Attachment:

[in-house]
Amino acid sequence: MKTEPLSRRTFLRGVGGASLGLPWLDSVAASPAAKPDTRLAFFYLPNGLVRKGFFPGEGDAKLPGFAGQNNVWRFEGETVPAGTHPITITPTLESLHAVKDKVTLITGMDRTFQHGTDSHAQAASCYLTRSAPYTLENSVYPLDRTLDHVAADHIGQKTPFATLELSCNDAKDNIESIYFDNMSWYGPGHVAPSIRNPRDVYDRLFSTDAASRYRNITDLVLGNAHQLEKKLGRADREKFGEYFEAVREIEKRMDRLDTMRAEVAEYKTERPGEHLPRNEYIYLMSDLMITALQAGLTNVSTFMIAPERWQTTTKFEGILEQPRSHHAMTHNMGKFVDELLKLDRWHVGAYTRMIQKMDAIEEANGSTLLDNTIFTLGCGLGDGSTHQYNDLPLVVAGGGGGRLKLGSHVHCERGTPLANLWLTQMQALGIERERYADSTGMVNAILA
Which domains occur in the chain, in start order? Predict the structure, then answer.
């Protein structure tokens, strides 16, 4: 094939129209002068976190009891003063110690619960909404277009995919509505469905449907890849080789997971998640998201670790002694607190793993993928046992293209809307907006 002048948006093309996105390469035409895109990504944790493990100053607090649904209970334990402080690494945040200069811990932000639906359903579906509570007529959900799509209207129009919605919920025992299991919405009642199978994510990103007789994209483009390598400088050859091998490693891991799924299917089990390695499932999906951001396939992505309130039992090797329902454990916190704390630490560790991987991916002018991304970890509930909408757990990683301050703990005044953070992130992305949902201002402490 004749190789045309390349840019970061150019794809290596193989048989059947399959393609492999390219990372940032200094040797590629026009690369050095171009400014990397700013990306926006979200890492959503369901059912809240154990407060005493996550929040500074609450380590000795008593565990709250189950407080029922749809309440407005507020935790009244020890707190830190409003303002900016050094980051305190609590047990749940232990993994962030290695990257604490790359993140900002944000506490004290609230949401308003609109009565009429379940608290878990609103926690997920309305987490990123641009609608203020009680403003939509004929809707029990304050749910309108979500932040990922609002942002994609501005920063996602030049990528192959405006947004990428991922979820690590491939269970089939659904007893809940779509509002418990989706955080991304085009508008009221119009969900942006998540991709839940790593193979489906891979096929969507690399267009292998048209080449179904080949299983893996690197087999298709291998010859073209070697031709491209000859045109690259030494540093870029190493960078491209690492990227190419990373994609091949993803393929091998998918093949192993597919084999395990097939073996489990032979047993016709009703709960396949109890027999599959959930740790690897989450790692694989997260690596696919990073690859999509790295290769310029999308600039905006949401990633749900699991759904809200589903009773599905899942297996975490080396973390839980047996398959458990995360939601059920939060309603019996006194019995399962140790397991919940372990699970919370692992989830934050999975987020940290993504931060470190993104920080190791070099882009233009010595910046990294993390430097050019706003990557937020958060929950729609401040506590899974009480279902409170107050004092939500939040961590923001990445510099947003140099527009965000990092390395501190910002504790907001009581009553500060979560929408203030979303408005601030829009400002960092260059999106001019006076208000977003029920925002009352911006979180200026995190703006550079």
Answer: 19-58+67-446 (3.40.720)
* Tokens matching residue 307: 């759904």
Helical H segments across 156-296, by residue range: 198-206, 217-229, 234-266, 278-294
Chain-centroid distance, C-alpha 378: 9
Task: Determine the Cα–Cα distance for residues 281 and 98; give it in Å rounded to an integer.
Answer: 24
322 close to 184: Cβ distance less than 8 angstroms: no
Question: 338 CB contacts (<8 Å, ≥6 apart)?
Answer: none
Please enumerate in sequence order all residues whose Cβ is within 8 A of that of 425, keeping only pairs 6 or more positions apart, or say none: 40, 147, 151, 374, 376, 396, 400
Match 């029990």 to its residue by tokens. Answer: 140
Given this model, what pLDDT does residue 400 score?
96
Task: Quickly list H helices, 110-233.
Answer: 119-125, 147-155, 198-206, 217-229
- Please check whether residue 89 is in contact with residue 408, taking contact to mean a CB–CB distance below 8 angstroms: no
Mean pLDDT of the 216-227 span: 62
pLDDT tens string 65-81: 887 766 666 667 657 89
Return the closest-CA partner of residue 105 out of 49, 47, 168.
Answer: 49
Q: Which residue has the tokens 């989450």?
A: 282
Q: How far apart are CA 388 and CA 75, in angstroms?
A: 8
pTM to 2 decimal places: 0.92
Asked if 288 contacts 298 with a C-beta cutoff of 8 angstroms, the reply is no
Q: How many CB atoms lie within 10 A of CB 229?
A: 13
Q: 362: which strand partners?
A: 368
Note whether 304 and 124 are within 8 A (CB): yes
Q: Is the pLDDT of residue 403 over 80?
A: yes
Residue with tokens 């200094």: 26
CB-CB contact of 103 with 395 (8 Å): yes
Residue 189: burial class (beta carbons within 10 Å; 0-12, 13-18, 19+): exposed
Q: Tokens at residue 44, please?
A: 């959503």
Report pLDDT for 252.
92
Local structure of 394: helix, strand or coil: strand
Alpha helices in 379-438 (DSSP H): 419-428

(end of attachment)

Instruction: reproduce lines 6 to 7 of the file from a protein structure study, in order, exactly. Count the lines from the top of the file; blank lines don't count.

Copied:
* Tokens matching residue 307: 């759904």
Helical H segments across 156-296, by residue range: 198-206, 217-229, 234-266, 278-294